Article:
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Adjuvant Alectinib Improves Disease-Free Survival in Lung Cancer

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Findings seen among patients with resected ALK-positive non-small cell lung cancer

By Elana Gotkine HealthDay Reporter

FRIDAY, April 12, 2024 (HealthDay News) — Adjuvant alectinib improves disease-free survival compared with platinum-based chemotherapy among patients with resected ALK-positive non-small cell lung cancer (NSCLC), according to a study published in the April 11 issue of the New England Journal of Medicine.

Yi-Long Wu, M.D., from the Guangdong Lung Cancer Institute in Guangzhou, China, and colleagues conducted a global, phase 3, open-label, randomized trial involving patients with completely resected, ALK-positive NSCLC of stage IB, II, or IIIA. Participants were randomly assigned to receive oral alectinib (600 mg twice daily) for 24 months or intravenous platinum-based chemotherapy in four 21-day cycles (130 and 127 patients, respectively).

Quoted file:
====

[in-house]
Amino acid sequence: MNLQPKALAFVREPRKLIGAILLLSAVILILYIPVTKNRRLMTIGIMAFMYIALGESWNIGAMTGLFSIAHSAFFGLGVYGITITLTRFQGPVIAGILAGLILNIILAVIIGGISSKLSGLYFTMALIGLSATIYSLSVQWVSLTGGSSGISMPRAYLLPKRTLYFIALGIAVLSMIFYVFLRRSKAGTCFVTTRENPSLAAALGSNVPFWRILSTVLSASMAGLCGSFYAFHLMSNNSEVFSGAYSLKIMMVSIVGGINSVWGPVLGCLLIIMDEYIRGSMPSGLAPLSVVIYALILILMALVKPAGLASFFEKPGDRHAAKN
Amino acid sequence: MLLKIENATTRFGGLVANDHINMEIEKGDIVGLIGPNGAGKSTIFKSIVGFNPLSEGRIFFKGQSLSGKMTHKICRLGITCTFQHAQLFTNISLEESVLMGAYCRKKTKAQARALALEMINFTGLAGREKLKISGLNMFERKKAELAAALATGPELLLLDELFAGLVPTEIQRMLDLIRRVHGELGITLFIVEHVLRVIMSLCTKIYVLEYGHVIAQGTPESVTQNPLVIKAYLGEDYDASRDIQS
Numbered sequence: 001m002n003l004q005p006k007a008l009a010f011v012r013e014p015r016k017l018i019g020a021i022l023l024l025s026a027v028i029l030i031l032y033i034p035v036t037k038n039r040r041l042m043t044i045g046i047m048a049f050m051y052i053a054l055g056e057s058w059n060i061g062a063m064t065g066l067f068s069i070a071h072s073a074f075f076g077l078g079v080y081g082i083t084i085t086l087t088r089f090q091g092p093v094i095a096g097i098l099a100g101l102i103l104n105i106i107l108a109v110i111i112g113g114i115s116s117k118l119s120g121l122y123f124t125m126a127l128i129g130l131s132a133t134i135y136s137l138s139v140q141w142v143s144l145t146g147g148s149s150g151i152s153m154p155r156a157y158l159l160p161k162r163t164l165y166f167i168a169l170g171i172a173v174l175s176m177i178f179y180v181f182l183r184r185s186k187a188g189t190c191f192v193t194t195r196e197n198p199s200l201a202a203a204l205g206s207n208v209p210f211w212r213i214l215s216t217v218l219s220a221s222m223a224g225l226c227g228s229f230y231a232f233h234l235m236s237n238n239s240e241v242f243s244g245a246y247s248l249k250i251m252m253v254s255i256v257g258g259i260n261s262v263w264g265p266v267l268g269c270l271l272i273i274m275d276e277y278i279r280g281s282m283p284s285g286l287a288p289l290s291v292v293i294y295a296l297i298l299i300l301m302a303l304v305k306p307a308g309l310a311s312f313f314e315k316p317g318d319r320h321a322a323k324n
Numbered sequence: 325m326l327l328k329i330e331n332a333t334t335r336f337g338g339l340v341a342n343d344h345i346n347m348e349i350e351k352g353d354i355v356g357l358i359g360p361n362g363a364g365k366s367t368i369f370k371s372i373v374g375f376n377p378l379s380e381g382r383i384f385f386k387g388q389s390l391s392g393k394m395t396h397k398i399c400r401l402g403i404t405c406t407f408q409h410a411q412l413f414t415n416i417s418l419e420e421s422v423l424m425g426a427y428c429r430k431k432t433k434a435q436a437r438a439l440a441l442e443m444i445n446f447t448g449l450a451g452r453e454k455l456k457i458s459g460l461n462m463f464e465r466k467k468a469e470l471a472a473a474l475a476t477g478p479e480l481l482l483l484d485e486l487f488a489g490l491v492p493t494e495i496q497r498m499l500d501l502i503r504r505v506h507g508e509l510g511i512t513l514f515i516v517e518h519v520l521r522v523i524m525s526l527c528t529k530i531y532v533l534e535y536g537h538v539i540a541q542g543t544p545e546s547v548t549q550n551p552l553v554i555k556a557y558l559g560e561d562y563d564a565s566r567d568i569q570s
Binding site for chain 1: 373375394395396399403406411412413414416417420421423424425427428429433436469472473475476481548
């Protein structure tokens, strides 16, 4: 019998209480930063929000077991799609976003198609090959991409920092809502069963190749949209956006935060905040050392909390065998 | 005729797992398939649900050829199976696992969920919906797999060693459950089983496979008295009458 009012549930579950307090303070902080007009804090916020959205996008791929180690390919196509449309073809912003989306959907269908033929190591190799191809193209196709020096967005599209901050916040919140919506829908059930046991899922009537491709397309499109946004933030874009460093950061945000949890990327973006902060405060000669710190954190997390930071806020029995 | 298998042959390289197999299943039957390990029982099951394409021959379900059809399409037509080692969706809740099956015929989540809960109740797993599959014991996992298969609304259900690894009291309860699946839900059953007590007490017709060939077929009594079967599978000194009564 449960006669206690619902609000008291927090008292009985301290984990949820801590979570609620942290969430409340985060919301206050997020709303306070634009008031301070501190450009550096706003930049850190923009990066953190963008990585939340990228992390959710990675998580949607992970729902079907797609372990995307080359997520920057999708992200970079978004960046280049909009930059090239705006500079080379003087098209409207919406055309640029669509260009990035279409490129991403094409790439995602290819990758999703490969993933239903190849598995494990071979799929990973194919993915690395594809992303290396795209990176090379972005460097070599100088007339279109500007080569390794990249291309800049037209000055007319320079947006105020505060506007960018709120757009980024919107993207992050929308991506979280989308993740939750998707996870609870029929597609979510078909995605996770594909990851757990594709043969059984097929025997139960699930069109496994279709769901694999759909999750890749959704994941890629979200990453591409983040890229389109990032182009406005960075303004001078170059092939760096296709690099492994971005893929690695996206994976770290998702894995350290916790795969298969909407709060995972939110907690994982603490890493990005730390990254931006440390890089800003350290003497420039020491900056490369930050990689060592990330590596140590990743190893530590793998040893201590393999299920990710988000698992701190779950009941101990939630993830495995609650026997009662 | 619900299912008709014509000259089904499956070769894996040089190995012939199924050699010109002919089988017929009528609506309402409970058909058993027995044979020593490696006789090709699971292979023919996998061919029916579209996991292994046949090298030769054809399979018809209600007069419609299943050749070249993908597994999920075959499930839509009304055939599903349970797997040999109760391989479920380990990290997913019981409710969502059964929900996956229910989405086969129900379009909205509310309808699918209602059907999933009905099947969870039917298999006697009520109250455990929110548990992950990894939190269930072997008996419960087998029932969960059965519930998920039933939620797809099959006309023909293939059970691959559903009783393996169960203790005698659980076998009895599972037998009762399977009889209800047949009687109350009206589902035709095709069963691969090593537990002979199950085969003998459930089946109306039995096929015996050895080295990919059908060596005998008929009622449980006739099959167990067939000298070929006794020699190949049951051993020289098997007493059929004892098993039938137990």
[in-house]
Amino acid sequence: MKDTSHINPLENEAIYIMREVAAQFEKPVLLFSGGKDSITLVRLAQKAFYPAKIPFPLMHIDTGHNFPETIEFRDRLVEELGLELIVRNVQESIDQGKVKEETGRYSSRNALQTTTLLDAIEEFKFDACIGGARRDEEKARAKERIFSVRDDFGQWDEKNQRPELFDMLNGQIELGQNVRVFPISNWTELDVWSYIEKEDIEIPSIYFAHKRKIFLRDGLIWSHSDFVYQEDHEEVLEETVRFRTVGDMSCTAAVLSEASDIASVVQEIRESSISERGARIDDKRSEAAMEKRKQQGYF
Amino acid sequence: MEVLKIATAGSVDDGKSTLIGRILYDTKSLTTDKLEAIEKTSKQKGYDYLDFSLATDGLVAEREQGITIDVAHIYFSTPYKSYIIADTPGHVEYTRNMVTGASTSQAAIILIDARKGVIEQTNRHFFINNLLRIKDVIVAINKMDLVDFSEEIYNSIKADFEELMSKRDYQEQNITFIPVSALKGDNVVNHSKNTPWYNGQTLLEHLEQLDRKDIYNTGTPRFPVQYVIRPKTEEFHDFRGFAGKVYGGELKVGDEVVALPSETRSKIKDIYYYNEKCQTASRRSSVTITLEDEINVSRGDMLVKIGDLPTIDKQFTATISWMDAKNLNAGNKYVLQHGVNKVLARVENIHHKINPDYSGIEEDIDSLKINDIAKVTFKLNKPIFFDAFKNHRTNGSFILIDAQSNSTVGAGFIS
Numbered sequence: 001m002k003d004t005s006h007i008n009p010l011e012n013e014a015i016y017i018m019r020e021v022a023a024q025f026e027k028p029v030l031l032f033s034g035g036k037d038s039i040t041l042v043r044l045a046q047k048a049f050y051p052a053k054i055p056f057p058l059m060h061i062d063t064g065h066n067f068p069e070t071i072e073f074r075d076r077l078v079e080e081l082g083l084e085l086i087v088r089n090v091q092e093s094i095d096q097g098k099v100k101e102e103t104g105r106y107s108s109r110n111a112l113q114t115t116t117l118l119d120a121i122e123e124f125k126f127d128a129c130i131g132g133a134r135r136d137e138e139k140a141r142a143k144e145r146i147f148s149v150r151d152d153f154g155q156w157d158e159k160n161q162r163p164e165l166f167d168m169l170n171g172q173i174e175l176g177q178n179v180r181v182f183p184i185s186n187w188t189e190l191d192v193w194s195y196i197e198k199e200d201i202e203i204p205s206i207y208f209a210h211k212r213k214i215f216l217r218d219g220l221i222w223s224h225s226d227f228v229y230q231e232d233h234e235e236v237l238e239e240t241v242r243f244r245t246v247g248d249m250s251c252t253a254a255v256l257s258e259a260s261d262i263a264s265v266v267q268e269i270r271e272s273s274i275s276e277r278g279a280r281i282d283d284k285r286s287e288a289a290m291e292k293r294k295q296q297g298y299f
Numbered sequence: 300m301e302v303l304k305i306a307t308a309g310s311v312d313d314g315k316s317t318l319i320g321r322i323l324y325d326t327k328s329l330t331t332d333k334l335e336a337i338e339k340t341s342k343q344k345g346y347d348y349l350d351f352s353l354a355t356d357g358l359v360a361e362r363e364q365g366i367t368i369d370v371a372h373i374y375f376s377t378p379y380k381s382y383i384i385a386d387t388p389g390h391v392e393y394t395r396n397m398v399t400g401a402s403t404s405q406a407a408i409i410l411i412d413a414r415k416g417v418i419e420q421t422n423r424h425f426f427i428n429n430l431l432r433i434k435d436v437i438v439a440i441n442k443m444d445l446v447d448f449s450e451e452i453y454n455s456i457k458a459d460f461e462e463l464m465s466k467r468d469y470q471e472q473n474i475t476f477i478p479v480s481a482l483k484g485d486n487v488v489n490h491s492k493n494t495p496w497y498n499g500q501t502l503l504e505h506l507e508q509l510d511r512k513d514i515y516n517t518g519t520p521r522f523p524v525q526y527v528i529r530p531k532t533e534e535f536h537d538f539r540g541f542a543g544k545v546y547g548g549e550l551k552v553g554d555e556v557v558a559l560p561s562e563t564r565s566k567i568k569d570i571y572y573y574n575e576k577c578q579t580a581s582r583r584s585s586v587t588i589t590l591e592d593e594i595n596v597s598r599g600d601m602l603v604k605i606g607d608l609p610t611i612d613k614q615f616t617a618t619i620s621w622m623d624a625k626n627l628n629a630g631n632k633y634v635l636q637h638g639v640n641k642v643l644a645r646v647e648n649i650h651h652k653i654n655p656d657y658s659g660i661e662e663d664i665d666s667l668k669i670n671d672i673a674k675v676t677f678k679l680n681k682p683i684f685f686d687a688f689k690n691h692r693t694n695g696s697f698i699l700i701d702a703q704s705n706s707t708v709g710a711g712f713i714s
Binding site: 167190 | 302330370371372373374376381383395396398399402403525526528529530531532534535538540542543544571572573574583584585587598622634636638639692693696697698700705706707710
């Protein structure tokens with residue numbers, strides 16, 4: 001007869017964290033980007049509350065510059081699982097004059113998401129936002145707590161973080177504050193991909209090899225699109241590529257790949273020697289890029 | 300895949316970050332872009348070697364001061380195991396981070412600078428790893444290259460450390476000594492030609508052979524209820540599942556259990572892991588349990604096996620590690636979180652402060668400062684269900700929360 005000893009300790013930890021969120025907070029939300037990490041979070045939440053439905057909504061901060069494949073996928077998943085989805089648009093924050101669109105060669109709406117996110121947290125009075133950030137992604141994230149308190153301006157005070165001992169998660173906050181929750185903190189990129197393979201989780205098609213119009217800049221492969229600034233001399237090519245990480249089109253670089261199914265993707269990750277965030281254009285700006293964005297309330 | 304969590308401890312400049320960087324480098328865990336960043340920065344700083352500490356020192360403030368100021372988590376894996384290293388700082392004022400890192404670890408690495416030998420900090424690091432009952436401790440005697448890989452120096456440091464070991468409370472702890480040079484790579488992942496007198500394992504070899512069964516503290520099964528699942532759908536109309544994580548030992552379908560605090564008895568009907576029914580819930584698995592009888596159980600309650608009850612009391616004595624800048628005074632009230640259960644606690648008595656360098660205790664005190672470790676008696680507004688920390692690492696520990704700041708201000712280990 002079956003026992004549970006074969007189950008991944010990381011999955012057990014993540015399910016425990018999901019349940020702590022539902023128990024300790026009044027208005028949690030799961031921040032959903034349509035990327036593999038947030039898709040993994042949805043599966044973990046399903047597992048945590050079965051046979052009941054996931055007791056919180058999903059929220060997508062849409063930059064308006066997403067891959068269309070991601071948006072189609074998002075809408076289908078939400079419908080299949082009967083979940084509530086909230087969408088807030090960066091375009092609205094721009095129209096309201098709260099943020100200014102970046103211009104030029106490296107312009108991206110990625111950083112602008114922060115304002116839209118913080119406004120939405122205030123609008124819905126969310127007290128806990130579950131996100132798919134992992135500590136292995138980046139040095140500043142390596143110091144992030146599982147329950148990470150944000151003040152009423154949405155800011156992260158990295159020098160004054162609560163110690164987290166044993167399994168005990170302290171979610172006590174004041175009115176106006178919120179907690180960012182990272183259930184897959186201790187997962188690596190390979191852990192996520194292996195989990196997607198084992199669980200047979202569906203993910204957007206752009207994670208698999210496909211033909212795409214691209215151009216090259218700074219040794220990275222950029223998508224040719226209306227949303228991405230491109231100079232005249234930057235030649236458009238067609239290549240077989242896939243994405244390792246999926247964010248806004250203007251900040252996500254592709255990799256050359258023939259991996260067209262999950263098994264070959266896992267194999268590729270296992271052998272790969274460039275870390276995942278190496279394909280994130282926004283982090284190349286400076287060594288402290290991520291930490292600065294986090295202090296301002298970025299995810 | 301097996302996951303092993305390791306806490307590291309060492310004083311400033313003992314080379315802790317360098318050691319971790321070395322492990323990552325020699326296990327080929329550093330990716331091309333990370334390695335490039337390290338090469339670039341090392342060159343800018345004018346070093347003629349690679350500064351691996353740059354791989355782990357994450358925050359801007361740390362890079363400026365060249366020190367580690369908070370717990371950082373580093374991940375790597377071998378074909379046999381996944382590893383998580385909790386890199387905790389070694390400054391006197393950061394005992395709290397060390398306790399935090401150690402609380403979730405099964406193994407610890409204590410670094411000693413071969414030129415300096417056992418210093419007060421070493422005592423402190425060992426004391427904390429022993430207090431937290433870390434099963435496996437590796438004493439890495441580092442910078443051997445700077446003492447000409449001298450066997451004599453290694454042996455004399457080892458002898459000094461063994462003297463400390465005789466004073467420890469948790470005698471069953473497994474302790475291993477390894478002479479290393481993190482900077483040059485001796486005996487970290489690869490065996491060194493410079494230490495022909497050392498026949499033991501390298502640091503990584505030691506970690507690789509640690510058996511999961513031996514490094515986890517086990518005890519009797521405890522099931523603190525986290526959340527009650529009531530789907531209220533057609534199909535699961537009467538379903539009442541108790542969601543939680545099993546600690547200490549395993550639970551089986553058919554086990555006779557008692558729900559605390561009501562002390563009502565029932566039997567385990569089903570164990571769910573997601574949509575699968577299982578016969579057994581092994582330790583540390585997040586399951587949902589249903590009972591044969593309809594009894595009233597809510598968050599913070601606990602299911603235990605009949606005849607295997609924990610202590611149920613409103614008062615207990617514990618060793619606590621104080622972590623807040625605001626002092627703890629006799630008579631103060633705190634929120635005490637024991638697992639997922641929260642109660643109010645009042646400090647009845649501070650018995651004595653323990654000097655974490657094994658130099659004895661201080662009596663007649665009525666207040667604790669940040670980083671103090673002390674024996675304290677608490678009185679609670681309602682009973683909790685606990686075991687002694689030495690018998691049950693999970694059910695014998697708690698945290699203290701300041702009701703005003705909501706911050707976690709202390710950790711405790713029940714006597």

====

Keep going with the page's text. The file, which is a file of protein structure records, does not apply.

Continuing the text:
The researchers found that the percentage of patients alive and disease-free was 93.8 and 63.0 percent in the alectinib and chemotherapy groups, respectively, at two years, among patients with stage II or IIIA disease (hazard ratio for disease recurrence or death, 0.24), and 93.6 and 63.7 percent, respectively, in the intention-to-treat population (hazard ratio, 0.24). A clinically meaningful benefit with respect to central nervous system disease-free survival was seen in association with alectinib versus chemotherapy (hazard ratio, 0.22). The overall survival data were immature. There were no unexpected safety findings.

“The disease-free survival benefit was seen consistently across prespecified subgroups, including those defined according to disease stage, race, sex, and smoking status,” the authors write.

The study was funded by F. Hoffmann-La Roche, the manufacturer of alectinib.

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